In 2017, TLC Family Resource Center’s Rural Outright program helped launch a Gay, Straight, Trans Alliance (GSTA) at Claremont Middle School (CMS), which was named Rainbow Confetti by the students. It is a free, student-run club that provides a safe place for students who identify differently and their allies to get together, plan activities, socialize, support each other, and talk about issues related to sexual orientation and gender identity and expression.
Rainbow Confetti meetings are held weekly on Mondays after school in the group advisor’s classroom. The members have observed national LGBTQ days, traveled to attend PRIDE events in Concord and Portsmouth, participated in a full day youth summit at Colby-Sawyer College, and celebrated LGBTQ History month. Most recently, we all learned to knit.
TLC supplied needles and yarn, then in December, Kara Toms (a student assistance provider at both CMS and Stevens High School) helped everyone “cast on.” Since then students have been working on rainbow scarves to sell at our first Rural PRIDE event planned for June.
Think back. Would you want to repeat your years in middle school? Academic and/or athletic overload, bullying, cliques, and dating drama among other things can make this stage of adolescence one of the toughest. Now imagine the impact on young teens with an additional stressor—identifying differently.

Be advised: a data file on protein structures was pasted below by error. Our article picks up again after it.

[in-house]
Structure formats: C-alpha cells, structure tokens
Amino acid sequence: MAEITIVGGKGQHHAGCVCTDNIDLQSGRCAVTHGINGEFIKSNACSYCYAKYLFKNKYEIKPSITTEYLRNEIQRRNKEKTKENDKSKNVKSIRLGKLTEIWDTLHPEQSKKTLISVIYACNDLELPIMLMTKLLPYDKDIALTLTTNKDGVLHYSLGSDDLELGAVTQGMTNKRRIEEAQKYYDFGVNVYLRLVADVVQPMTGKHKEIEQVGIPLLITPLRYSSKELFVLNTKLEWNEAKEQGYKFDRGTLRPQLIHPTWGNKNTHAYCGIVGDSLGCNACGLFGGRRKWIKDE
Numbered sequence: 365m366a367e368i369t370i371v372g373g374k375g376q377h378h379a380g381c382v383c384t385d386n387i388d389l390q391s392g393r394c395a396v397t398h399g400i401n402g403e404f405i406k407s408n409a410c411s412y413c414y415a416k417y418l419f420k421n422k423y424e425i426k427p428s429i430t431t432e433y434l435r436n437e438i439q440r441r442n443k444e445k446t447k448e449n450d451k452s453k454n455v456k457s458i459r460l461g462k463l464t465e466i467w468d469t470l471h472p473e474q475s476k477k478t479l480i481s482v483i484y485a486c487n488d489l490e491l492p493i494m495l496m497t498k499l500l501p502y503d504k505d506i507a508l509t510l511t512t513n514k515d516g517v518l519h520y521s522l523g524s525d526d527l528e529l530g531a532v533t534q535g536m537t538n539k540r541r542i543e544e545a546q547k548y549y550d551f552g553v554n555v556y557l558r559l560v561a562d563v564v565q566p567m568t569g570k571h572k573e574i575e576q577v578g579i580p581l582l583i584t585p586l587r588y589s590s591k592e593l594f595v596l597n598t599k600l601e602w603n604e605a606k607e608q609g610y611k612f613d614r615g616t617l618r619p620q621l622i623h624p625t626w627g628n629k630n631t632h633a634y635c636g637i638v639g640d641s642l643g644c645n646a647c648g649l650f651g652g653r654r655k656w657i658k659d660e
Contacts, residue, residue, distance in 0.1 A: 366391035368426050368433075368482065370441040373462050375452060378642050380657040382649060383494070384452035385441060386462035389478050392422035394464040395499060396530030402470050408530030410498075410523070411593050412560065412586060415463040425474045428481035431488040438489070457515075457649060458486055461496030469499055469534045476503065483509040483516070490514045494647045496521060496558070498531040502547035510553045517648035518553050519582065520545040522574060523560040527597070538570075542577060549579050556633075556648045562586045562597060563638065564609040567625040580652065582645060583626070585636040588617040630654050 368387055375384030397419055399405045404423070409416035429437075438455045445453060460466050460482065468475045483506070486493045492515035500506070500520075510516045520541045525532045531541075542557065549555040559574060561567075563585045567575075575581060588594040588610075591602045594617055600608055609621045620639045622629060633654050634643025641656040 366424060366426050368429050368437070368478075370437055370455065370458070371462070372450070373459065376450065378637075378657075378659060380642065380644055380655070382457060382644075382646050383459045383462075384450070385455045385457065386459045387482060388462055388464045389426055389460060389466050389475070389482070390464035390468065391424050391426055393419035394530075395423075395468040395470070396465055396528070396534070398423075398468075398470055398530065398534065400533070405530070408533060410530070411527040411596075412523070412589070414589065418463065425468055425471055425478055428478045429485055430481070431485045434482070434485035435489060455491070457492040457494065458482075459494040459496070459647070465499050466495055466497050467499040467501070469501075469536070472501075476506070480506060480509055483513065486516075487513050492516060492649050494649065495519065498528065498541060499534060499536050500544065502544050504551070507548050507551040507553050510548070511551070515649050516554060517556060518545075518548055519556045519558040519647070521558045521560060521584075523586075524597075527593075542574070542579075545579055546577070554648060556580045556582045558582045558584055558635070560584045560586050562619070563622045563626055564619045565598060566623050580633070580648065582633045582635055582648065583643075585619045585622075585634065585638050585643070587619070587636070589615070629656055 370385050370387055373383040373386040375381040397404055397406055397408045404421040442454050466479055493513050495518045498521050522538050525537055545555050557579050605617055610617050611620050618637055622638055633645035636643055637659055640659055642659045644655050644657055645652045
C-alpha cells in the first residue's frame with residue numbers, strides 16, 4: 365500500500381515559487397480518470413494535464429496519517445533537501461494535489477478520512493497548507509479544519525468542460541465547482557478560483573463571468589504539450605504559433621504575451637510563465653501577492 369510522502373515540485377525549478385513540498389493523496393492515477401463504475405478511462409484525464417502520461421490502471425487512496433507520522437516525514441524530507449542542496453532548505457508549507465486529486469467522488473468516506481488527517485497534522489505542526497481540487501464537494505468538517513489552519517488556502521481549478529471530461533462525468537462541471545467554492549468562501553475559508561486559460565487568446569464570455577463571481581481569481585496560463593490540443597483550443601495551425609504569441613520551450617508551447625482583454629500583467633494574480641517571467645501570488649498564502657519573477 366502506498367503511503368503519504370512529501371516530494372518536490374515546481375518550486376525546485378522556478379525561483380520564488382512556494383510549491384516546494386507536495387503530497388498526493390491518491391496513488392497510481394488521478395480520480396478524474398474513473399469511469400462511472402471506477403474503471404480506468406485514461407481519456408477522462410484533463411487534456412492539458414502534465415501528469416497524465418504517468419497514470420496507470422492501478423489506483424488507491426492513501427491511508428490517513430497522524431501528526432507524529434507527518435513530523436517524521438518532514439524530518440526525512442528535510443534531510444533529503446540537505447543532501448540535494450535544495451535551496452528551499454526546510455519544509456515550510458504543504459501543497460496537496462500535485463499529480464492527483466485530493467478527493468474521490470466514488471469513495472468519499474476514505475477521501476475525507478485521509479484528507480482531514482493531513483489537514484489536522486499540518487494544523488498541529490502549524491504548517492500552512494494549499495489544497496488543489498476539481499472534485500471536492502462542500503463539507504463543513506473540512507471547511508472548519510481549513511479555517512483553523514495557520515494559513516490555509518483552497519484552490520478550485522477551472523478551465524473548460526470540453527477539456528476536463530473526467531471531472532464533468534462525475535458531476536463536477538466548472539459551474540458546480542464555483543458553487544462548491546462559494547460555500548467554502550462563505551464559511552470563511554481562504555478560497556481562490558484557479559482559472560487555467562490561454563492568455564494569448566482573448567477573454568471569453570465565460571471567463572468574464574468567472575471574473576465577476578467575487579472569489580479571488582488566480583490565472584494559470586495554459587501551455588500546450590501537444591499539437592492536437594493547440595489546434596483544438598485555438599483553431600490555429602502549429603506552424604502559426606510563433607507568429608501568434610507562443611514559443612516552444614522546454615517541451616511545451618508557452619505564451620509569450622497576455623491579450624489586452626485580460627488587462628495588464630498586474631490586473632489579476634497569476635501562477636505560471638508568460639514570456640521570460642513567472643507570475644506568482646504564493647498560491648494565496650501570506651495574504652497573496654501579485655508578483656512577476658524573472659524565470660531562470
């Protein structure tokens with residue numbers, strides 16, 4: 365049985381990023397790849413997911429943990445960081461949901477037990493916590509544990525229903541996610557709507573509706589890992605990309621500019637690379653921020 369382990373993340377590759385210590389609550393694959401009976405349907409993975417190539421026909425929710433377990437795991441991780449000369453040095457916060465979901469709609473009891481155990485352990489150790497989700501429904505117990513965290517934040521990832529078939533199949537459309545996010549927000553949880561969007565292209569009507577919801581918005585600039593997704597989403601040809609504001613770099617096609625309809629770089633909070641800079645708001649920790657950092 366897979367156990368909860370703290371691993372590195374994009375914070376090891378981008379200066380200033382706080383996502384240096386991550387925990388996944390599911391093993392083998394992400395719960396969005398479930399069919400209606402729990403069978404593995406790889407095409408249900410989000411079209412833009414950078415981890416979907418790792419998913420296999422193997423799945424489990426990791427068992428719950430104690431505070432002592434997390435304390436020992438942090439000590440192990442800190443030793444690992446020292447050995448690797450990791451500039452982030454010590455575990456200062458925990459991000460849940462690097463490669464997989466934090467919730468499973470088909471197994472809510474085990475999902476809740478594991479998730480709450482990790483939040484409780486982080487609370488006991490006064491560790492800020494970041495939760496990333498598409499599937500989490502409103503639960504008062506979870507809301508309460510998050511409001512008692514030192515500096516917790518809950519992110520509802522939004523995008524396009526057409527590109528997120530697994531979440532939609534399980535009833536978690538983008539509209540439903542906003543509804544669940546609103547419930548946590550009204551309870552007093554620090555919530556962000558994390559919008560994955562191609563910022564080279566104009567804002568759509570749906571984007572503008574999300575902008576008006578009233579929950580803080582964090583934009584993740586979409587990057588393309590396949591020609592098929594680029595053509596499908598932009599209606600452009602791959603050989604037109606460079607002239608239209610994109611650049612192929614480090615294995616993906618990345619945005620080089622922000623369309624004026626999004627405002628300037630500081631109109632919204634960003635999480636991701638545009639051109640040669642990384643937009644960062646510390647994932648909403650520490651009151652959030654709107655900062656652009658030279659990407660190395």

Data from the national School Climate Survey conducted by the Gay, Lesbian, Straight Education Network (GLSEN) biennially indicate:
- Most lesbian, gay, bisexual, transgender, and queer (LGBTQ) students have experienced harassment and discrimination at school.
- LGBTQ students in middle school were more likely than students in high school to hear homophobic language and negative remarks about gender expression in school.
- Students in middle school reported slightly higher frequencies of victimization based on sexual orientation and gender expression than students in high school.
- Hostile school climates negatively affect LGBTQ students’ educational outcomes and mental health.
- LGBTQ students who experienced high levels of anti-LGBTQ victimization and discrimination had lower GPAs, lower self-esteem and higher levels of depression.
Studies have shown that knitting can be therapeutic, and that the benefits may actually exceed those associated with engaging in other handicrafts. Knitting is easy to learn, portable, calming and confidence building. One nurse practitioner in California saw that it helped reduce burnout in nurses who felt overwhelmed by their job, according Anna Medaris Miller in an article for US News and World Report.
“The craft’s two-handed, repetitive movements paired with its tactile, visual and emotional stimulation are among the aspects that make it especially effective, pros say. Knitting also offers a rare sense of control, in part because knitters can easily undo any mistakes and use that same yarn to try again. And, unlike many other crafts that require a stretch of dedicated attention, knitting can easily be picked up and put down again just a few minutes later,”said Miller.
The students are enjoying the chance to create something useful and feeling a bit less anxious and stronger with every row.
Do you use knitting for therapeutic purposes? How does it help you? Where can people learn to knit locally? Share your thoughts in the comments section!